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Respond to alerts and incidents

This section is a quick reference version of the full incident management document.

Types of alert and where you’ll see them

Alerts come from different sources.

Sentry alerts

Emails are sent to the GovWifi developers mailbox. Notifications are sent to the #govwifi-monitoring Slack channel.

AWS Cloudwatch alerts

Emails are sent to GovWifi critical alerts mailbox. Notifications are sent to the #govwifi-monitoring Slack channel.

StatusPage alerts

Emails are sent to the GovWifi support mailbox. Notifications are sent to the #govwifi Slack channel.

PaaS alerts

Emails are sent to the GovWifi support mailbox.

Notify alerts

Emails are sent to the GovWifi support mailbox and StatusPage.

Tell people if you see an alert

  1. Share a brief summary of what you’ve seen on the #govwifi Slack channel.
  2. Find out if anyone else is already investigating the issue.
  3. If the issue is security related, tell the Cyber Security Team. You can use the #cyber-security-help Slack channel or the GDS Rotas app.

Appoint an incident lead

Make sure the product manager, delivery manager or tech lead is aware of the incident.

One of them will be the ‘incident lead’.

Categorise the incident

The tech lead should lead the categorisation of the incident and discuss it with the relevant people.

P1 incidents (critical)

These are situations where there’s:

  • a complete outage
  • unauthorised access

The main criteria is that registered users cannot authenticate on RADIUS services and access the internet using GovWifi.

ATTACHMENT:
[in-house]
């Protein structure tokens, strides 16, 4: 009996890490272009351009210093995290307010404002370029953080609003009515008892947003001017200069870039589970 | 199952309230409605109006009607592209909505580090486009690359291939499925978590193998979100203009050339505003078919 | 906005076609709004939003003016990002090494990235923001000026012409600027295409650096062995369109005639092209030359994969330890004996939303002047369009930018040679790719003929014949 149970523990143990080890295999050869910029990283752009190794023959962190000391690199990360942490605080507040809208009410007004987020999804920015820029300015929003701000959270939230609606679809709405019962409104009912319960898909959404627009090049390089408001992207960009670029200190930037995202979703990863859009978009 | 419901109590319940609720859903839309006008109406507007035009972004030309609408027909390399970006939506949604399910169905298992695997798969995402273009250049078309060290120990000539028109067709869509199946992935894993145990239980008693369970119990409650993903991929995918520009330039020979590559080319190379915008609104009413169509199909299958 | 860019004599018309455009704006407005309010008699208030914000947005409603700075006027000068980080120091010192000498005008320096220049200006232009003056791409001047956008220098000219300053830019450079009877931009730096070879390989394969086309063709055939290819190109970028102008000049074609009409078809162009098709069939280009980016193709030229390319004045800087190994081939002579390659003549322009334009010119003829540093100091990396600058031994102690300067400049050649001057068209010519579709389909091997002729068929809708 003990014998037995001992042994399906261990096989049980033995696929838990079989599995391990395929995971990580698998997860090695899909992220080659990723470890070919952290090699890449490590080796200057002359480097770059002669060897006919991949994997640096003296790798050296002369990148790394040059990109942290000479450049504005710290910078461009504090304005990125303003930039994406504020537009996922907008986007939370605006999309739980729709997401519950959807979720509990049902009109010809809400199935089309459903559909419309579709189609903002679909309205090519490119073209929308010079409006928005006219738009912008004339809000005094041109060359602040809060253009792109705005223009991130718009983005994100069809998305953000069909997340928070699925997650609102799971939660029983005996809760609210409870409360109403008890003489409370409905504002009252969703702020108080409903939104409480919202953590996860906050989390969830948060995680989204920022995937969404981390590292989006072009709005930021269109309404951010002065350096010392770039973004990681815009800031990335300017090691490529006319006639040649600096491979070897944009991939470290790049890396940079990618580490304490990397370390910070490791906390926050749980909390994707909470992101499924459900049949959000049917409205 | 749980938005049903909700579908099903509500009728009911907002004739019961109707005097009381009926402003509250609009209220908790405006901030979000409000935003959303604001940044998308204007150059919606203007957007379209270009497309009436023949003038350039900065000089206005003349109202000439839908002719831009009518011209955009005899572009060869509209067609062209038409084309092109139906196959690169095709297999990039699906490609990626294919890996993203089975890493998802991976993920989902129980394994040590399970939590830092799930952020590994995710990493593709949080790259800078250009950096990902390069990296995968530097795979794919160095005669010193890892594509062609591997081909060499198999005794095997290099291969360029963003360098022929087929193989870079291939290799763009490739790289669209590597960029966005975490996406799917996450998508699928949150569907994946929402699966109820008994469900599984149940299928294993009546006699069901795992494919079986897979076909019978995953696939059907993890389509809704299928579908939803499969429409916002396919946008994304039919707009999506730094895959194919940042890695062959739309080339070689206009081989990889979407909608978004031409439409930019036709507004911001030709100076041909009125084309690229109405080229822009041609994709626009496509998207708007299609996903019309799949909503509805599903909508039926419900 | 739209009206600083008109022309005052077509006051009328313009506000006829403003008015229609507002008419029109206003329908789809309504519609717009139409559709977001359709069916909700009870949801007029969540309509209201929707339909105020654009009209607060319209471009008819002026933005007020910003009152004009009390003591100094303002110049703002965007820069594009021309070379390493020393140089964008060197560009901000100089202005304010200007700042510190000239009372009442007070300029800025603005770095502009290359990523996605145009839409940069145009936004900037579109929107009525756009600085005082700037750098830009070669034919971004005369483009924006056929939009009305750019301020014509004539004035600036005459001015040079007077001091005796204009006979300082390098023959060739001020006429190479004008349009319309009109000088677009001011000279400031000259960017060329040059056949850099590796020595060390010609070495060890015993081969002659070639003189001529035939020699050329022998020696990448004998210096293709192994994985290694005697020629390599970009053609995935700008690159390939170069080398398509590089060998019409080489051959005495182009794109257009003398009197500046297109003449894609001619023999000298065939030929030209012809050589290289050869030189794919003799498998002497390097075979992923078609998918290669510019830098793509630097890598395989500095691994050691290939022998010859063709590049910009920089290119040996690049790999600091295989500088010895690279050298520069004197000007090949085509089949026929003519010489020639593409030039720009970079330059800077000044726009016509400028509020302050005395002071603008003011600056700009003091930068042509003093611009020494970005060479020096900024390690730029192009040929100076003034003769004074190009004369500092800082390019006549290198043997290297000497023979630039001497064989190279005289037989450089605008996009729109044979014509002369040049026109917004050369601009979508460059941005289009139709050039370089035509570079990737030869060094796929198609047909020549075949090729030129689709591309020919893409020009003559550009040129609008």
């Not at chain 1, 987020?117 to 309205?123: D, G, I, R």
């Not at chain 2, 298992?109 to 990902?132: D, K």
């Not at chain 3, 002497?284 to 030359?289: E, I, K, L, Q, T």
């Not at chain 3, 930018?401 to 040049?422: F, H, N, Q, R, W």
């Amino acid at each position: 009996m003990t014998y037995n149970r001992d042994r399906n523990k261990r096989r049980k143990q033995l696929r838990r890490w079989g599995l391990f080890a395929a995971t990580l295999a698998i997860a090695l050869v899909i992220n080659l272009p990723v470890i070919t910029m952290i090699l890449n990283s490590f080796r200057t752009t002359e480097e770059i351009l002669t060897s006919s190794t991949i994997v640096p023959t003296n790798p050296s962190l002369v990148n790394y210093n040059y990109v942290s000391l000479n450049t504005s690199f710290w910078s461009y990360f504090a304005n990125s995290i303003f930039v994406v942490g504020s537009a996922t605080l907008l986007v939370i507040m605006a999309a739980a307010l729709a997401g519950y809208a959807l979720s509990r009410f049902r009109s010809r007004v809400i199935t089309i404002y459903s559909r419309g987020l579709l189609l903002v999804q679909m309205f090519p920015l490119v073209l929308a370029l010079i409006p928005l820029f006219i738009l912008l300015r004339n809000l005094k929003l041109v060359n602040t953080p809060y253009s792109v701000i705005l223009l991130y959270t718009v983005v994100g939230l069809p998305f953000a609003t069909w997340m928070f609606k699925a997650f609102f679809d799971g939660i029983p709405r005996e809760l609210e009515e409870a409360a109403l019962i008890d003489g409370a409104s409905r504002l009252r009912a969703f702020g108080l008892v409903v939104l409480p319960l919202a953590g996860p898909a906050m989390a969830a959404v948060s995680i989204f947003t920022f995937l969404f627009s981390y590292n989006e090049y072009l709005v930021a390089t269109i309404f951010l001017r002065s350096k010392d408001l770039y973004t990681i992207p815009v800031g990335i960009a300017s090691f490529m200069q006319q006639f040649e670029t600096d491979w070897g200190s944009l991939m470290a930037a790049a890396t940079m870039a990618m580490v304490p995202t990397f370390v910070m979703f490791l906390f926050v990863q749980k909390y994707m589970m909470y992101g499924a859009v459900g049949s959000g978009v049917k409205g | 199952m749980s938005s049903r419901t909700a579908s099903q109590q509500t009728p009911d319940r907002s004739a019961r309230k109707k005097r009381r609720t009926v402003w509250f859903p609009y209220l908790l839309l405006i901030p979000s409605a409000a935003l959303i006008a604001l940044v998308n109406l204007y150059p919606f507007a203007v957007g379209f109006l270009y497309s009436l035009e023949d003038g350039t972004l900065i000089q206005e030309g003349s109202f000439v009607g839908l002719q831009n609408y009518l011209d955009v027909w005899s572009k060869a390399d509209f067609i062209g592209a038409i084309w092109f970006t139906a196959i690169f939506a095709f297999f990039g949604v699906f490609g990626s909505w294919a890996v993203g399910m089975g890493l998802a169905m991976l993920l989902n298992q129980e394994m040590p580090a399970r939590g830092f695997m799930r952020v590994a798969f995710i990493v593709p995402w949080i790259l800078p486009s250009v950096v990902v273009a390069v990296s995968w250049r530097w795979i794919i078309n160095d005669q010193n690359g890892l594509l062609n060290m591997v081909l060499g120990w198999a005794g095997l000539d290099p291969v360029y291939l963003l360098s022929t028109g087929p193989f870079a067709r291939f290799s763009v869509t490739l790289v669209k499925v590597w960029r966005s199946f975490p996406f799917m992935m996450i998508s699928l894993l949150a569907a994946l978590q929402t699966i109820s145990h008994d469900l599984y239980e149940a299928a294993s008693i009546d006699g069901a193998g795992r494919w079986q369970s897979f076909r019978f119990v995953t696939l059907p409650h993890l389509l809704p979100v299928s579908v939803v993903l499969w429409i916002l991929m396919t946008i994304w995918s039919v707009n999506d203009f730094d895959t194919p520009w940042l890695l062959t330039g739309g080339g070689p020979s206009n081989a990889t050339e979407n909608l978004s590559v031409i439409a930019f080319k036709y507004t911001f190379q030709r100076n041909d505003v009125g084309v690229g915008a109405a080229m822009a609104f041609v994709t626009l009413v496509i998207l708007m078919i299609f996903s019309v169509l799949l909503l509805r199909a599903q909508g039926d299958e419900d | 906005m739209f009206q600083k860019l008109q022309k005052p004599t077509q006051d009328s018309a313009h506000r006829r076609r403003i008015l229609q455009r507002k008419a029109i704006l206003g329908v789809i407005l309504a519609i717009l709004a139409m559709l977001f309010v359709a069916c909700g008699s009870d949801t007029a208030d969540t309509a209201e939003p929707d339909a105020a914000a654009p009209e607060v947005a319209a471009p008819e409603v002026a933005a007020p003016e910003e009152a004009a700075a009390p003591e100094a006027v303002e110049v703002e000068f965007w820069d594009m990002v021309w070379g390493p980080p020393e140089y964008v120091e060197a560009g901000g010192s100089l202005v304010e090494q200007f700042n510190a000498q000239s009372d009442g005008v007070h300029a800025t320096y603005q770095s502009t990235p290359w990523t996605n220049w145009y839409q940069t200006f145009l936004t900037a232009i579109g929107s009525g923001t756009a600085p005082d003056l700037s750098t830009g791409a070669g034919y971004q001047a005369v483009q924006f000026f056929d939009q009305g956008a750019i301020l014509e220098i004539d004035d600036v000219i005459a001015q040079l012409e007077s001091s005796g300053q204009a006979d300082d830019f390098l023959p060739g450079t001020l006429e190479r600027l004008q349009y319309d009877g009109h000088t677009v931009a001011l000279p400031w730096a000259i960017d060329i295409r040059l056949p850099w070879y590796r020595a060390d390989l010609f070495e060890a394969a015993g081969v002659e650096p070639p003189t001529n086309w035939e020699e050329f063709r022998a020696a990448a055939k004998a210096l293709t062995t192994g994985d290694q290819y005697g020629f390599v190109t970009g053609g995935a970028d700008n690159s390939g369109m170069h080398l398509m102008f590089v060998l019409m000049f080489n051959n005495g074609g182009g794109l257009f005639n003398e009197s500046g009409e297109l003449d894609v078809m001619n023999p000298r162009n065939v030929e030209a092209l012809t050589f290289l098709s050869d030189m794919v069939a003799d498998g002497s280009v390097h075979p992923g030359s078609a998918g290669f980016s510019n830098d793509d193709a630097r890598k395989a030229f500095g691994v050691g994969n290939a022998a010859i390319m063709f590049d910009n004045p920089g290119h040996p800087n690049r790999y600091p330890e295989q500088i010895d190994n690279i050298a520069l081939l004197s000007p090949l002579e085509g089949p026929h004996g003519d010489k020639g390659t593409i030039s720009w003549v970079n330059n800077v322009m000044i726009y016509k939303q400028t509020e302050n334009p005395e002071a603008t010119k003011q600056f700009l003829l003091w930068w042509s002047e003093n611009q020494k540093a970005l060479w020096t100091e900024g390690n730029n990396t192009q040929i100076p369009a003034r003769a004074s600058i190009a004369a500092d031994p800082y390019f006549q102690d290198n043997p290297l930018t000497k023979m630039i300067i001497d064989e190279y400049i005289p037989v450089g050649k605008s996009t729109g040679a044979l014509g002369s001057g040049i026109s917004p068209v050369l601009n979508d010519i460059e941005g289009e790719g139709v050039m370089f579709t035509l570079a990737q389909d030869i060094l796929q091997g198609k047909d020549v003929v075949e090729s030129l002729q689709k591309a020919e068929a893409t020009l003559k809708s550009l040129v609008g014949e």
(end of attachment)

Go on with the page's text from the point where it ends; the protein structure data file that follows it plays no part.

Possible examples are:

  • a serious outage with the production platform - for example, a failure of one or both AWS regions, leading to a loss of functionality and authentication for users an issue with AWS Elastic Load Balancer leading to increased traffic and authentication failure for users
  • loss of ownership of RADIUS Elastic IP, meaning we’d have to ask organisations to re-configure their infrastructure to use new IP addresses, causing major remedial work and reputational damage

We must:

  • respond within 30 minutes during business hours
  • give an update every hour

P2 incidents (major)

These are situations where there’s a substantial degradation of the service.

The main criteria are:

  • new organisations cannot register to use GovWifi
  • new end users cannot sign up to use GovWifi
  • existing admin users cannot access GovWifi admin

A possible example is a significant issue with the production platform on one of the AWS regions. For example, if the London region failed, GovWifi admin would not work and users would not be able to sign up to GovWifi. However, authentication for existing users would be fine.

We must:

  • respond within 1 hour during business hours
  • give an update every 2 hours

P3 incidents (significant)

These are situations where there’s intermittent or degraded service due to a platform issue.

The main criteria are:

  • users experience intermittent or degraded service
  • the website is intermittently unavailable, or there are assets missing

A possible example is a temporary outage of RADIUS authentication.

We must:

  • respond within 2 hours during business hours
  • give updates every business day

P4 incidents (minor)

These are situations where there’s a component failure that is not immediately affecting the service.

A possible example is a failure of one of the RADIUS servers (there are 3 in each region).

We must:

  • respond within 1 day during business hours
  • give updates every 2 business days

Work to fix the issue

The tech lead should lead the actions to fix the service. All developers - frontend and infrastructure - will help.